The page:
Tronox Limited filed a lawsuit in the United States District Court for the Northern District of Mississippi seeking declaratory and injunctive relief to prevent the US Federal Trade Commission (FTC) from blocking the company's proposed acquisition of the titanium dioxide (TiO2) business of Cristal.
The FTC is trying to block the acquisition, not through the ordinary litigation process in federal court, but rather by solely using its administrative process to run out the clock until the transaction agreement expires. This denies the company the opportunity for the legality of the proposed acquisition to be decided on its merits in a timely manner.
The proposed acquisition was originally announced in February 2017. If the combination is not completed by 21 May 2018, either party would have the right to terminate the agreement unless such date is amended by mutual agreement.
"Rather than follow its long-established practice to file suit in federal court to block an acquisition, the FTC has engaged in a strategy of delay by initiating an administrative process that offers no possibility of a timely resolution," said Richard L Muglia, senior vice president and general counsel of Tronox Limited.
"The FTC's refusal to allow a federal court to address the pro-competitive merits of the proposed transaction denies us any meaningful opportunity to demonstrate how this output-enhancing combination is designed to generate significant benefits for customers in North America and around the world. I am confident Tronox will prevail if allowed an independent judgment based on the merits of the proposed transaction by a federal court," added Muglia.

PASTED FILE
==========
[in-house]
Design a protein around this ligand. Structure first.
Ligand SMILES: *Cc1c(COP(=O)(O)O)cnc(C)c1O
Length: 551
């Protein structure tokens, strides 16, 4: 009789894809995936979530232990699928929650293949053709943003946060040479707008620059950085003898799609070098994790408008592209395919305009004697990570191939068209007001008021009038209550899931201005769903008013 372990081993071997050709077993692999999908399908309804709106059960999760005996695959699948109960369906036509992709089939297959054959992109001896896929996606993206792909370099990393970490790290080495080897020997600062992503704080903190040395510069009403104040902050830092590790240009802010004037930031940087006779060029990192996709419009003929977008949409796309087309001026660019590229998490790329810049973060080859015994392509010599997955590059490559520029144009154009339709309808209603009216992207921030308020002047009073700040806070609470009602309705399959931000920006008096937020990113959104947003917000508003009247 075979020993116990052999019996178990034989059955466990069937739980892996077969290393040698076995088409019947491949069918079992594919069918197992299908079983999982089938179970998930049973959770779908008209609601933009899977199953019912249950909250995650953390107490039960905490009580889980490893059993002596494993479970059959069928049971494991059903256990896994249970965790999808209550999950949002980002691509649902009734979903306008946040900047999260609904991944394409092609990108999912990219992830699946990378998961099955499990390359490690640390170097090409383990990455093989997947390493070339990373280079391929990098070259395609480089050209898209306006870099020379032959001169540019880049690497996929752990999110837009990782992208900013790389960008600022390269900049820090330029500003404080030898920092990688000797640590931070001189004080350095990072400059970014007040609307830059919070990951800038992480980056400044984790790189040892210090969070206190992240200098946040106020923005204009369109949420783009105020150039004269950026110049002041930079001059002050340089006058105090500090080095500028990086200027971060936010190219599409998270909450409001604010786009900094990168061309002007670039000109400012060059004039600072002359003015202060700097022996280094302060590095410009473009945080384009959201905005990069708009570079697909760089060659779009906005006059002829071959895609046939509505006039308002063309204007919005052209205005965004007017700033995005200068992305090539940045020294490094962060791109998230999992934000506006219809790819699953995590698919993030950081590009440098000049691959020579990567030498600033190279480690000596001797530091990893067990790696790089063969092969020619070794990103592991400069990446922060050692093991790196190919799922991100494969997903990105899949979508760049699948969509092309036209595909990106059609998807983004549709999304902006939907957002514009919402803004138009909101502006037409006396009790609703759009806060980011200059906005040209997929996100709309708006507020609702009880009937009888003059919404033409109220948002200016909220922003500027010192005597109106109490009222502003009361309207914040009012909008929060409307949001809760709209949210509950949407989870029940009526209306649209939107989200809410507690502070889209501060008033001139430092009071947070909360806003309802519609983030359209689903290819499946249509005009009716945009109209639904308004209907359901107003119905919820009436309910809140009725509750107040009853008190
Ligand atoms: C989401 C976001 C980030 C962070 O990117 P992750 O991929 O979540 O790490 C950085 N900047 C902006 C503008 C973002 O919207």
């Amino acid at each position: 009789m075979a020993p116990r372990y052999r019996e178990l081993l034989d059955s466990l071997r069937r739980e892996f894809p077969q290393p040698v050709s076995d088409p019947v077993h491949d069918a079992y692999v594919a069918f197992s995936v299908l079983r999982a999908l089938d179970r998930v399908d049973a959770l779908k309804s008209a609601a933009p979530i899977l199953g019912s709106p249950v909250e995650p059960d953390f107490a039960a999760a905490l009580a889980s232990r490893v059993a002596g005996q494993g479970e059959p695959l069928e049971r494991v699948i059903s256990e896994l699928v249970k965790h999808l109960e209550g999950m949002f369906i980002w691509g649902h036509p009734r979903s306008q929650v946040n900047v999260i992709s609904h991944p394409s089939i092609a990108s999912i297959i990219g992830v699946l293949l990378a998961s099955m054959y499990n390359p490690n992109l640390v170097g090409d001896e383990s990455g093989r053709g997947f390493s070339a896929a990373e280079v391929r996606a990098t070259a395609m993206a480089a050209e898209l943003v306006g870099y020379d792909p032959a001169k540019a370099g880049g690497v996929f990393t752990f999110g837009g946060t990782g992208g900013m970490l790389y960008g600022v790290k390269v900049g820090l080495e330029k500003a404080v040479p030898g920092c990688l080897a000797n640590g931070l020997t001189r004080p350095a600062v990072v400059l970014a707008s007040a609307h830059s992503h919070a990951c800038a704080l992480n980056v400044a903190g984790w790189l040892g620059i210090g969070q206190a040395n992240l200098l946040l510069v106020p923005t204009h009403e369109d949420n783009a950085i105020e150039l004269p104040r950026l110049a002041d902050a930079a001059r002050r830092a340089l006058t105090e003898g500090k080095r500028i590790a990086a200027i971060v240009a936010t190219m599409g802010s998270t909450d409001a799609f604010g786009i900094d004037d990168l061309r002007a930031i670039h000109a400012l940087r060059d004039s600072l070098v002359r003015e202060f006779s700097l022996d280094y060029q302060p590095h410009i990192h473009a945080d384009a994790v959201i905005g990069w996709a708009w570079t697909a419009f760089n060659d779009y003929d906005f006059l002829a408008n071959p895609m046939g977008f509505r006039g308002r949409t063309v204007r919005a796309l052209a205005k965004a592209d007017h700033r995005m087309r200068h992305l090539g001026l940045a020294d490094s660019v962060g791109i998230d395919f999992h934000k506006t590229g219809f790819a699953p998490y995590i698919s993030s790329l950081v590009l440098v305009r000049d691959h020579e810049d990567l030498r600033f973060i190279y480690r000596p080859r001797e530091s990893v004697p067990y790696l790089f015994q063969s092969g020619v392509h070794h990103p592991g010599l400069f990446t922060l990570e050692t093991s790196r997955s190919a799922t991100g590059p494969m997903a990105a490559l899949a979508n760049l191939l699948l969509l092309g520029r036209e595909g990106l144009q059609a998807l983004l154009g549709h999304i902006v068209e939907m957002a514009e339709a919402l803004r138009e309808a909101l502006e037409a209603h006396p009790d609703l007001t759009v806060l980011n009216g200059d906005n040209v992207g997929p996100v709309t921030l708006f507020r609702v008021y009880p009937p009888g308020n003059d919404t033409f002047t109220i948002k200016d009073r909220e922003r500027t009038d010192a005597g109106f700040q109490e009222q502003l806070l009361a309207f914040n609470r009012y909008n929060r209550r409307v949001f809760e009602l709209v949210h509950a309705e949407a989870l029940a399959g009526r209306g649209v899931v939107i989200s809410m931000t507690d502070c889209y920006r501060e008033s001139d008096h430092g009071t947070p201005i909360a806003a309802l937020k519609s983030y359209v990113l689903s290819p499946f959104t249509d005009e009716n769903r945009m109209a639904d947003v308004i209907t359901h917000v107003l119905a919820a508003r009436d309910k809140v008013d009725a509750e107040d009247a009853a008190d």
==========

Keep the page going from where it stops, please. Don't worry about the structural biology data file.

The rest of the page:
Tronox has its largest manufacturing facility in Mississippi, where the lawsuit was filed. The company has more than 700 US-based employees at facilities located in Mississippi, Oklahoma, Nevada and Connecticut. Cristal has 750 US-based employees at facilities in Ohio, Illinois and Maryland.
The transaction's compelling economic rationale rests on the combined company's ability to capture significant synergies and increase production, enabling the combined company to better compete with global market leaders and lower-cost Chinese producers who continue to increase their presence in the global market, including North America.
"This is fundamentally about fairness and the sole use of an administrative process that the FTC has scheduled to conclude only after the termination date of the transaction agreement. The FTC's conduct conflicts with any concept of supporting a US-based company with a sound strategy to compete in today's global market," Muglia commented.
"We strongly believe the pro-competitive case for the Tronox-Cristal acquisition is overwhelming and will benefit the entire economy, and the FTC should not be allowed to prevent the transaction by unreasonable delay or withholding action," remarked Muglia.
Tronox made the decision to file its lawsuit because the FTC has employed a litigation strategy to rely solely on an administrative process that could not possibly conclude before the acquisition agreement expires, a thinly veiled attempt to run out the clock instead of resolving its concerns about the transaction on their merits. An action in federal court would need to be initiated in the near future in order to allow for a timely resolution.
Tronox first filed its Hart-Scott-Rodino notification form on 14 March 2017. The waiting period has been extended several times by agreement of the parties, including after the company had fully complied with the FTC's second request. Tronox has fully and completely cooperated with the FTC, diligently responding to all questions and information requests, including producing more than one million pages of documents for its review.
Cristal is a privately held global chemical and mining company headquartered in Jeddah, Saudi Arabia.